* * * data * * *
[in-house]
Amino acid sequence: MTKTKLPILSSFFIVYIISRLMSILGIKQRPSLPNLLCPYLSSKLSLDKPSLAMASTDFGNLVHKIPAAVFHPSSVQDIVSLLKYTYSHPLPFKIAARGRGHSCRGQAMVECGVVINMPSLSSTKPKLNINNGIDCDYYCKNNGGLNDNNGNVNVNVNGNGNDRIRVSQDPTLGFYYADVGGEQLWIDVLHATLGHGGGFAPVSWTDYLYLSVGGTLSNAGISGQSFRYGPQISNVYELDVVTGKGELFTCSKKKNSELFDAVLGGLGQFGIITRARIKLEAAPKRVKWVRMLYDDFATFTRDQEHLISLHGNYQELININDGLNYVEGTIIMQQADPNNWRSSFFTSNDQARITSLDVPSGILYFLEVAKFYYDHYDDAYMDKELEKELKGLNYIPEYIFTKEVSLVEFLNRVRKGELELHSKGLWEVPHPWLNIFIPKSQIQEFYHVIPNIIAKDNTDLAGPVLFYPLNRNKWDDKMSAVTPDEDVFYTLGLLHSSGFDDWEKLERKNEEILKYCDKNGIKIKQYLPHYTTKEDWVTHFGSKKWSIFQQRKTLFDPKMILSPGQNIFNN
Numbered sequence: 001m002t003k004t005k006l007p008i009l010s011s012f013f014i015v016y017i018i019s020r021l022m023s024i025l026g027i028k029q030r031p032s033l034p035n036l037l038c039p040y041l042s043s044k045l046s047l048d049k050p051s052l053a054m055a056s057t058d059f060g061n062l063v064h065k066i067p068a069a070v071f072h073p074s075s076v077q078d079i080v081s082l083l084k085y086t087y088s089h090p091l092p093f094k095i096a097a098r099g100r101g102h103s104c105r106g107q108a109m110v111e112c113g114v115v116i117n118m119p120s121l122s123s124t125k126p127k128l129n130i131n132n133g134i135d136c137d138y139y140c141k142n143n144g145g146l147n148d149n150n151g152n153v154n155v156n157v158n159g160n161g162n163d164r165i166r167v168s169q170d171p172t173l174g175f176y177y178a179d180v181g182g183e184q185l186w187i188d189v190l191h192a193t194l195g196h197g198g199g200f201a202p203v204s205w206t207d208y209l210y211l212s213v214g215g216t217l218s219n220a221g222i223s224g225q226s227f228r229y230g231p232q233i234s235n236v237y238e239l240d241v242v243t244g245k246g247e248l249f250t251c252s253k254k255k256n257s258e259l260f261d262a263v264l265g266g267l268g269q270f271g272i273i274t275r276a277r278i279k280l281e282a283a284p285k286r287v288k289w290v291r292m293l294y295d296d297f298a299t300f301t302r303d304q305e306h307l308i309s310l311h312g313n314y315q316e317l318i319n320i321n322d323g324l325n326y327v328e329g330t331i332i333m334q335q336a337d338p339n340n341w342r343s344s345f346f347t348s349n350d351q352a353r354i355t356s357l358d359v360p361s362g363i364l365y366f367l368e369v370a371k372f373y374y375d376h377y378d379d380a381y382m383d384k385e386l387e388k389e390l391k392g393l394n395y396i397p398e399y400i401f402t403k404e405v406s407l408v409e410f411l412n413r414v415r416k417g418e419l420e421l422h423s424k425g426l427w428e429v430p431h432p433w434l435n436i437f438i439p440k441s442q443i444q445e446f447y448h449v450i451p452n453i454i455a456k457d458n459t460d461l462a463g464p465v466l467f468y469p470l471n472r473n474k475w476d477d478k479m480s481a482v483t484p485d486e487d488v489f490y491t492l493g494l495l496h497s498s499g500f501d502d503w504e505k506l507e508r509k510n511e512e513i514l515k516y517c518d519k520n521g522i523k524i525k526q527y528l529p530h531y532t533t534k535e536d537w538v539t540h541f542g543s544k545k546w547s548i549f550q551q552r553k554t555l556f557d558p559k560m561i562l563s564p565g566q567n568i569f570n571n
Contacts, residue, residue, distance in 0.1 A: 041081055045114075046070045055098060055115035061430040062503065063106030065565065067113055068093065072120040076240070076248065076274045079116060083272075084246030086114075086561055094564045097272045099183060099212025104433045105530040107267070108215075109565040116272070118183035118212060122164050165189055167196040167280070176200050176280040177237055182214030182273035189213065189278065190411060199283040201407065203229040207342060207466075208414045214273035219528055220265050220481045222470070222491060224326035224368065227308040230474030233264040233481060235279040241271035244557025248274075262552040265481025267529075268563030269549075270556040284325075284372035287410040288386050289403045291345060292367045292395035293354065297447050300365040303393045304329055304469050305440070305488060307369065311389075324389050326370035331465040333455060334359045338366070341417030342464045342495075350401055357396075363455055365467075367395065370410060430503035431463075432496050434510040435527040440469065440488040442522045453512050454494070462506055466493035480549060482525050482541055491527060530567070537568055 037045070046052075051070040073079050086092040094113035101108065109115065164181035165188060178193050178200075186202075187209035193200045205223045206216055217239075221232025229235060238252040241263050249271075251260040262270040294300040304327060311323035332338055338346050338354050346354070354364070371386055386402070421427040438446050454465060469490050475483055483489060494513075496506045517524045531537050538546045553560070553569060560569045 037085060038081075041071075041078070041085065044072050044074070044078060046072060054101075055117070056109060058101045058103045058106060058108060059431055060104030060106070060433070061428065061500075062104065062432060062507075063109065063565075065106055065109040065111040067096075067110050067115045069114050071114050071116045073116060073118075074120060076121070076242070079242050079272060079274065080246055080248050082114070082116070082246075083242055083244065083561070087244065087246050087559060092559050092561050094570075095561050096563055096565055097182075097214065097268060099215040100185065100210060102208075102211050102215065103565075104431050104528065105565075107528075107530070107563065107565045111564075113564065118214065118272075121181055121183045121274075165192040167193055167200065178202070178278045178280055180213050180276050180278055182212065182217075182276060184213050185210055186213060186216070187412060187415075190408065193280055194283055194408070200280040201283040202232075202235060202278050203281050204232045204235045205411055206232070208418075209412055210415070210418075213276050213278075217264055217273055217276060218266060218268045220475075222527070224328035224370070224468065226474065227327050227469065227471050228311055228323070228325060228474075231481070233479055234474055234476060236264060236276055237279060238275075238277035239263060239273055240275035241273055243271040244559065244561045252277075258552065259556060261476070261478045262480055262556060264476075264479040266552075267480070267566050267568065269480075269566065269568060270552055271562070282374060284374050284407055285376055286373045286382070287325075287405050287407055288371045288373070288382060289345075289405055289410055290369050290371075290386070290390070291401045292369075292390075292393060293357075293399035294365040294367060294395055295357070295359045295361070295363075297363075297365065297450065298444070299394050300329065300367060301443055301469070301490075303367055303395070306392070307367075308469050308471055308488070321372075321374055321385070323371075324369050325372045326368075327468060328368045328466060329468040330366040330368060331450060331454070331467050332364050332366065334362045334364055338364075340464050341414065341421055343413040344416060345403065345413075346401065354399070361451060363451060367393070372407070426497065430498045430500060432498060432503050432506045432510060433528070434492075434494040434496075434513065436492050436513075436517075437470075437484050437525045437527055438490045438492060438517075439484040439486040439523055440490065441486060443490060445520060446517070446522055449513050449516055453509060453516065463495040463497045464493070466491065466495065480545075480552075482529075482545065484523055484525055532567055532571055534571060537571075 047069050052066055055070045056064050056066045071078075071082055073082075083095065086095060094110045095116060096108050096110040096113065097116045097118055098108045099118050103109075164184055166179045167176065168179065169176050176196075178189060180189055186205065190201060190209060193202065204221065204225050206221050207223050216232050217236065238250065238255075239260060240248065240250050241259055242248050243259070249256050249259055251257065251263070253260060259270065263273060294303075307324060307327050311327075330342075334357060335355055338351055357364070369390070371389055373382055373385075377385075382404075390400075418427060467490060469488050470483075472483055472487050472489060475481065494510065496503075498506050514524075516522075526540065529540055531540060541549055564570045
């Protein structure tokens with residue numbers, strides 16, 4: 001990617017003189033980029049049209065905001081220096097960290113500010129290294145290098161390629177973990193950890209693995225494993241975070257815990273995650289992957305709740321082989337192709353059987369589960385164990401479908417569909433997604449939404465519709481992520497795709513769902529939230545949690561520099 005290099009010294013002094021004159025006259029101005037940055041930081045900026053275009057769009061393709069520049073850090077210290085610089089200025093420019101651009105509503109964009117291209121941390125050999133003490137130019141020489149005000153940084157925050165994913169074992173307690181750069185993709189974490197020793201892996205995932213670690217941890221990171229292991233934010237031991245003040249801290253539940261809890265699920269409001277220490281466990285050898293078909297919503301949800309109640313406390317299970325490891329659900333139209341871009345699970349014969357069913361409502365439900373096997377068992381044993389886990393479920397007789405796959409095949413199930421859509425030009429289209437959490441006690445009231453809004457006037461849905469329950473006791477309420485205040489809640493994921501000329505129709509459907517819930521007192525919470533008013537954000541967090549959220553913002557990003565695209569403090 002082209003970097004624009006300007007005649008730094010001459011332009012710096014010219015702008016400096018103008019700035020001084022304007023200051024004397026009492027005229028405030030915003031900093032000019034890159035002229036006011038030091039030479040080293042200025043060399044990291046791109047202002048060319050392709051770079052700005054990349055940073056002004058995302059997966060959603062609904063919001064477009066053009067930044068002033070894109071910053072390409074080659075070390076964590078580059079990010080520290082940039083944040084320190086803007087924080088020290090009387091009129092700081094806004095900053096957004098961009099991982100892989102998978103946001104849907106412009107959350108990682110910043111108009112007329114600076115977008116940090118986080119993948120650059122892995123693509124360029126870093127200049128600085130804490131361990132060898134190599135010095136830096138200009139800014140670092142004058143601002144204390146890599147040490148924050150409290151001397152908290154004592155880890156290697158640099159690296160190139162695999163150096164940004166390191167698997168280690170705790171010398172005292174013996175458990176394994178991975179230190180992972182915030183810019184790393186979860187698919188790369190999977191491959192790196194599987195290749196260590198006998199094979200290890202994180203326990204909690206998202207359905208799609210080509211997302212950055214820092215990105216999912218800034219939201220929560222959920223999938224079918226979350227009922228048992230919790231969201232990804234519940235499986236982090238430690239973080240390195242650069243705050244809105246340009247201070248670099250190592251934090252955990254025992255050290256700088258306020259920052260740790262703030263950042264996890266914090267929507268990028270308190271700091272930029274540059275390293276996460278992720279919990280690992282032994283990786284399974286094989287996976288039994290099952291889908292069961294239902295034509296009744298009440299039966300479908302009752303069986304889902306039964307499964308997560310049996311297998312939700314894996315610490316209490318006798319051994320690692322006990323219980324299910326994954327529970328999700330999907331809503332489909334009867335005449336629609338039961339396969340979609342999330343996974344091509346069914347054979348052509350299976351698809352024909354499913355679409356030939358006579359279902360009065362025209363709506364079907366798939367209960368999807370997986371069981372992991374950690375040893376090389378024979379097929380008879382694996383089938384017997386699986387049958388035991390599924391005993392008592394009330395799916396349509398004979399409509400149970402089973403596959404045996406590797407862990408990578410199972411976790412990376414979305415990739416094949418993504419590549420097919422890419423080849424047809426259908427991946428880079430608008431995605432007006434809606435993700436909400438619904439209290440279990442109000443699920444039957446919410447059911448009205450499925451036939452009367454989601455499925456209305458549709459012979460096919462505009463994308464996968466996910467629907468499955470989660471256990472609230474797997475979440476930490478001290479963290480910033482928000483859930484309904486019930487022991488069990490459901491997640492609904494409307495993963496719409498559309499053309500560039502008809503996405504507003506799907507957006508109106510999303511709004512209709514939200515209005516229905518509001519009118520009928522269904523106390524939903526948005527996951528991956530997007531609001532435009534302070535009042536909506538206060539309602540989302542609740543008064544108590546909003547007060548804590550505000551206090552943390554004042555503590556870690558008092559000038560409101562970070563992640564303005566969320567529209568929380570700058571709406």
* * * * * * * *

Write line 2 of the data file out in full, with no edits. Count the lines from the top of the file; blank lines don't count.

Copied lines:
Amino acid sequence: MTKTKLPILSSFFIVYIISRLMSILGIKQRPSLPNLLCPYLSSKLSLDKPSLAMASTDFGNLVHKIPAAVFHPSSVQDIVSLLKYTYSHPLPFKIAARGRGHSCRGQAMVECGVVINMPSLSSTKPKLNINNGIDCDYYCKNNGGLNDNNGNVNVNVNGNGNDRIRVSQDPTLGFYYADVGGEQLWIDVLHATLGHGGGFAPVSWTDYLYLSVGGTLSNAGISGQSFRYGPQISNVYELDVVTGKGELFTCSKKKNSELFDAVLGGLGQFGIITRARIKLEAAPKRVKWVRMLYDDFATFTRDQEHLISLHGNYQELININDGLNYVEGTIIMQQADPNNWRSSFFTSNDQARITSLDVPSGILYFLEVAKFYYDHYDDAYMDKELEKELKGLNYIPEYIFTKEVSLVEFLNRVRKGELELHSKGLWEVPHPWLNIFIPKSQIQEFYHVIPNIIAKDNTDLAGPVLFYPLNRNKWDDKMSAVTPDEDVFYTLGLLHSSGFDDWEKLERKNEEILKYCDKNGIKIKQYLPHYTTKEDWVTHFGSKKWSIFQQRKTLFDPKMILSPGQNIFNN